MSACL 2018 US Abstract

Topic: Cannabinoids

Detection and Levels of Cannabinoids in Whole Blood and Oral Fluid After Recent Marijuana Inhalation

Jacqueline Hubbard (Presenter)
University of California, San Diego

Bio: Jacqueline Hubbard graduated from the University of Vermont in 2010 with a B.S. in Biochemistry and a minor in Pharmacology. She then enrolled in the Biochemistry and Molecular Biology program at the University of California, Riverside where she earned my M.S. and Ph.D in the laboratory of Devin Binder, M.D., Ph.D. After completing a one year postdoctoral position in the same laboratory, she took a position as a Clinical Chemistry Postdoctoral Fellow at the University of California, San Diego. She now works in the Toxicology lab under the supervision of Robert Fitzgerald, Ph.D., D.A.B.C.C.

Authorship: Jacqueline A. Hubbard, Ph.D. (1), Philip Sobolesky, Ph.D. (1), Breland Smith, Ph.D. (2), Robert L. Fitzgerald, Ph.D., D.A.B.C.C. (1)
(1) University of California, San Diego, CA (2) InSource Diagnostics, Monrovia, CA

Short Abstract

Marijuana use is growing in popularity in the United States due to it being legalized in several states and U.S. territories. This has raised concerns regarding the impact of marijuana on driving performance. Therefore, it is critical to have ways to accurately measure levels of cannabinoids. Using liquid chromatography- tandem mass spectrometry (LC-MS/MS), levels of Δ9-tetrahydrocannabinol (THC), the main psychoactive compound in marijuana, and several of its metabolites were measured in whole blood (WB) and oral fluid (OF) after recent cannabis inhalation. In this presentation, preliminary data on the detection and levels of cannabinoids observed in WB and OF will be discussed. Both the utility and limitations of confirming recent marijuana use through cannabinoid monitoring with LC-MS/MS will be conveyed.

Long Abstract


There is an ongoing debate over the efficacy and safety of marijuana, one of the most commonly abused drugs today. It has potential therapeutic benefits, most notably analgesia in pain management. However, the recreational use of marijuana is increasing in popularity due to its recent legalization in several states and U.S. territories. Thus far, 29 states and Washington D.C. have some form of legalized medical marijuana while 8 states, Washington D.C., and several U.S. territories have legalized recreational use. A major concern of marijuana use are the adverse effects, including cognitive impairment and psychosis. Growing evidence has suggested that the use of marijuana can impair driving abilities, including delayed reaction time, increased weaving within a lane, and poor performance on divided attention tasks. Therefore, it is critical to have a way to measure levels of cannabinoids in different bodily fluids.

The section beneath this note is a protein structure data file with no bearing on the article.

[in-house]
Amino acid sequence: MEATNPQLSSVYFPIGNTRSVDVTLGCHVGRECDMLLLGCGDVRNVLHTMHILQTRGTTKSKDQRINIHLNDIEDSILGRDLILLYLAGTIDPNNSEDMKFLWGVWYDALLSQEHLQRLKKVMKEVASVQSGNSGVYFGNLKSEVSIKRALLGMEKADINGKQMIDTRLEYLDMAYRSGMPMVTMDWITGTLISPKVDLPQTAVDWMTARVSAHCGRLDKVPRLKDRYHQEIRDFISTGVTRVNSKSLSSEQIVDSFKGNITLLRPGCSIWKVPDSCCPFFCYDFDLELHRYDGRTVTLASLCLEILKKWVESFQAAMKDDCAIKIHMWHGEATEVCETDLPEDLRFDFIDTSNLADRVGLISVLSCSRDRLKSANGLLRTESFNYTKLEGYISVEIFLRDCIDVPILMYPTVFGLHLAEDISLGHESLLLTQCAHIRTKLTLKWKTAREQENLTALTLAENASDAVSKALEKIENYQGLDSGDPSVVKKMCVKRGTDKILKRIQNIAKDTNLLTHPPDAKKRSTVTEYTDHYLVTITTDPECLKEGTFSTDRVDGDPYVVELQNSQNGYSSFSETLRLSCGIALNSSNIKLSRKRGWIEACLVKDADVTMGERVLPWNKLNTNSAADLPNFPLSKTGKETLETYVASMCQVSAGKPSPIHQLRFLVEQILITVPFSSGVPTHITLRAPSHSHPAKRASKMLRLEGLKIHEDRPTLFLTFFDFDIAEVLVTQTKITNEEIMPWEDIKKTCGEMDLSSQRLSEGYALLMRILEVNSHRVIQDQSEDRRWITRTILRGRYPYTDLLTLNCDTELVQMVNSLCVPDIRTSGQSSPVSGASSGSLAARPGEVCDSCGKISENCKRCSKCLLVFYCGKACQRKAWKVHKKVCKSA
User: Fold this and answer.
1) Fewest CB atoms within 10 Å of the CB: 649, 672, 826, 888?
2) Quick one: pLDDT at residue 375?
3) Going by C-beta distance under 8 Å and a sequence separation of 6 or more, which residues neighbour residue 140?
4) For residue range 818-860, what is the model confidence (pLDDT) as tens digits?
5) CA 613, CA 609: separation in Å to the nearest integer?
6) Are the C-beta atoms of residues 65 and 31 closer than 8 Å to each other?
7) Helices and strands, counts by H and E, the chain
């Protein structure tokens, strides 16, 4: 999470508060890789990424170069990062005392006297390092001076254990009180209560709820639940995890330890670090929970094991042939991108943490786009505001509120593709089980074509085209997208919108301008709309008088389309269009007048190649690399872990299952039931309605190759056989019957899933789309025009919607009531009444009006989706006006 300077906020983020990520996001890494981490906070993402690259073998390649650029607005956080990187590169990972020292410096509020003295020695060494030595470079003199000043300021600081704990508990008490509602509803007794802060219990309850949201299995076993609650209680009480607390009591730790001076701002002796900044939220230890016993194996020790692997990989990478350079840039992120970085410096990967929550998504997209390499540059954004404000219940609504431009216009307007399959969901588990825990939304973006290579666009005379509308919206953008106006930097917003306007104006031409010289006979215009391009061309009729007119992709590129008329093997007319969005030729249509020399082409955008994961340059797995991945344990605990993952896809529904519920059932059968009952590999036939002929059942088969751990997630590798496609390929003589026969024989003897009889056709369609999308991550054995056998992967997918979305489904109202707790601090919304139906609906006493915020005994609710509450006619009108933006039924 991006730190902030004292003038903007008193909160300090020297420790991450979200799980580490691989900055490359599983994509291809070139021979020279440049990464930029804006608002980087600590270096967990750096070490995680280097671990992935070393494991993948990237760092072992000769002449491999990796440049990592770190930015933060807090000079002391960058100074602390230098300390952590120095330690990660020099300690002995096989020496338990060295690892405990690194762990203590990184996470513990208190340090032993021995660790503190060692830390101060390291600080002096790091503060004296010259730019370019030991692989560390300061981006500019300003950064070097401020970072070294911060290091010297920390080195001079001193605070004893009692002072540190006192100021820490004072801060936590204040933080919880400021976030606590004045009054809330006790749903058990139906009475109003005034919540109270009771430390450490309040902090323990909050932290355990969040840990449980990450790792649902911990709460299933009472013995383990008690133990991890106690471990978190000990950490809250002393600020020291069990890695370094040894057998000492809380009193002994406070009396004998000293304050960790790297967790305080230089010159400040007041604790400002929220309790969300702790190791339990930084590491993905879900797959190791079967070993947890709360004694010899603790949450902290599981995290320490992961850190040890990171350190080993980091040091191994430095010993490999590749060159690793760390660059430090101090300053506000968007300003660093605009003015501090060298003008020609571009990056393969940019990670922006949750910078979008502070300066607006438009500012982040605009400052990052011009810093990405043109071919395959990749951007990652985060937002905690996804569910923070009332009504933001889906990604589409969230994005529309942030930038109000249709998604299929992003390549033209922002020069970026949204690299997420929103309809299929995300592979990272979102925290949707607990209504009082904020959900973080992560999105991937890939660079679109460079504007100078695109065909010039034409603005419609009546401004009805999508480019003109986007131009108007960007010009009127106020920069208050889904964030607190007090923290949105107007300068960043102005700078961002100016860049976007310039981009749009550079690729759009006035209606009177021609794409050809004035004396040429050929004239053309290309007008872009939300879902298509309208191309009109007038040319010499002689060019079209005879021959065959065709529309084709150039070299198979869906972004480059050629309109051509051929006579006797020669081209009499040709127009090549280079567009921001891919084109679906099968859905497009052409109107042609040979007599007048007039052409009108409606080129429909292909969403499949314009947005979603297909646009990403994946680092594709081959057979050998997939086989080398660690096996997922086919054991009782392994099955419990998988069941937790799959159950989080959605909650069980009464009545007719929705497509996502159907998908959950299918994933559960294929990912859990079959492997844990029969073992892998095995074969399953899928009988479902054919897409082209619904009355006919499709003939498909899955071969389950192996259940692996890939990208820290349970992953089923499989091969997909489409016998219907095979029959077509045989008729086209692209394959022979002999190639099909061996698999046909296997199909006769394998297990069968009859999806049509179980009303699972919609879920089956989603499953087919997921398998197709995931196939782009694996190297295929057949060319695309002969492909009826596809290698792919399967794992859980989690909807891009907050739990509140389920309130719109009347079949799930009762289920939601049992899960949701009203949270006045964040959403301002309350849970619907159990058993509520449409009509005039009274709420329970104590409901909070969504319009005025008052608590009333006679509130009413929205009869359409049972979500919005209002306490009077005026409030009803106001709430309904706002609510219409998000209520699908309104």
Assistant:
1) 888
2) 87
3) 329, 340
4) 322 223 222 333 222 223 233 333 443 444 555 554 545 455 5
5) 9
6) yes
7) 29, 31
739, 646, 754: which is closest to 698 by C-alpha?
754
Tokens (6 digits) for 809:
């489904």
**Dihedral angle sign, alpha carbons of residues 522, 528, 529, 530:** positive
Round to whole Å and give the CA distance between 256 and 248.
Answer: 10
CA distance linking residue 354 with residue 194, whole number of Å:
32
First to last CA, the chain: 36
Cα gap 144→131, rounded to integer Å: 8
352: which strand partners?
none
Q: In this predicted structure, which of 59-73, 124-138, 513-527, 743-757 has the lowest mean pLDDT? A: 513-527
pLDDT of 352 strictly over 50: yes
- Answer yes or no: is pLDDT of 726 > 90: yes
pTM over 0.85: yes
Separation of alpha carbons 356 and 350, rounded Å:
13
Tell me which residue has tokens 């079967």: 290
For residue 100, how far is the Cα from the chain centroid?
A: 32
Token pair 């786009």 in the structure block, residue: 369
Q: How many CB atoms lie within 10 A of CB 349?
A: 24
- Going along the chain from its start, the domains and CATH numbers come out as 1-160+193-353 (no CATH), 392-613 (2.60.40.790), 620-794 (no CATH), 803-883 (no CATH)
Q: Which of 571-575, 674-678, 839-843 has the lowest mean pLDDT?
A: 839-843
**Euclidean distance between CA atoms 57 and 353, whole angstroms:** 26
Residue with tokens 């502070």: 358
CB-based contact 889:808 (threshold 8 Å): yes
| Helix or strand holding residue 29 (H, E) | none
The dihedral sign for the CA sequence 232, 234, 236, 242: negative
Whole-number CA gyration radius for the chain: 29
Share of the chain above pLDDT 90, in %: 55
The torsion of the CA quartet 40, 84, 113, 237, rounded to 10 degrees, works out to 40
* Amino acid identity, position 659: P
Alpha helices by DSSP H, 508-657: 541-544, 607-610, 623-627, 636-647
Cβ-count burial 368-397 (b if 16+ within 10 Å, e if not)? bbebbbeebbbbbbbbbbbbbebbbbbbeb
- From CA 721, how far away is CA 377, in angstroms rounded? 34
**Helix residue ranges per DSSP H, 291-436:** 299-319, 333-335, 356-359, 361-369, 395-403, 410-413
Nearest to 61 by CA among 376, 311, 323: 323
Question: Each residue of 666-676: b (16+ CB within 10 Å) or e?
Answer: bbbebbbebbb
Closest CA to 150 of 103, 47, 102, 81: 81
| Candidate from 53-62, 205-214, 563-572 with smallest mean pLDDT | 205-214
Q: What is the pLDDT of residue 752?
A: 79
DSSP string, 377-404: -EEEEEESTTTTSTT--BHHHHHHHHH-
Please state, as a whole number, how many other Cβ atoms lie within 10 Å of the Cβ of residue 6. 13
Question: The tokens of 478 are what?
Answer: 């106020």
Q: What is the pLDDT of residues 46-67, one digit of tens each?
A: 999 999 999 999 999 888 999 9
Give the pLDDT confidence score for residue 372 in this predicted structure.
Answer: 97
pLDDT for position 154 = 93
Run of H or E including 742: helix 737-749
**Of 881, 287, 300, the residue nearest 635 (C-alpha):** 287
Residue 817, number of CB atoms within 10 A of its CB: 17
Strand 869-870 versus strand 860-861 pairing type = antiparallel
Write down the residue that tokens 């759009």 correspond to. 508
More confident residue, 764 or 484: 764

Liquid chromatography-tandem mass spectrometry (LC-MS/MS) was used to measure Δ9-tetrahydrocannabinol (THC) and several of its metabolites in whole blood (WB) and oral fluid (OF) after recent THC inhalation. Briefly, WB and OF samples were collected at periodic intervals shortly after smoking either placebo or cannabis cigarettes. Whole blood was spiked with internal standard, cannabinoids were precipitated out with a solution containing acetonitrile and formic acid, and diluted preparations underwent solid phase extraction (SPE). OF was collected using a Quantisal device and samples were spiked with internal standard, acidified with phosphoric acid, and concentrated using SPE. Samples were then evaporated, reconstituted, and injected onto an UPLC column for LC-MS/MS analysis using electrospray ionization and multiple reaction monitoring.


The compounds studied includ THC, cannabinol (CBN), cannabidiol (CBD), 11-hydroxy-THC (THC-OH), (±)-11-nor-9-carboxy-Δ9-THC (THC-COOH), (+)-11-nor-Δ9-THC-9-carboxylic acid glucuronide (THC-COOH-gluc), cannabigerol (CBG), and tetrahydrocannabivarin (THC-V). Preliminary data on the both the detection and expected levels of these metabolites in WB and OF at various time points after THC inhalation will be presented.

Conclusions & Discussion

Both the utility and limitations of tracking recent marijuana use through cannabinoid monitoring with LC-MS/MS will be conveyed.

References & Acknowledgements:

Financial Disclosure

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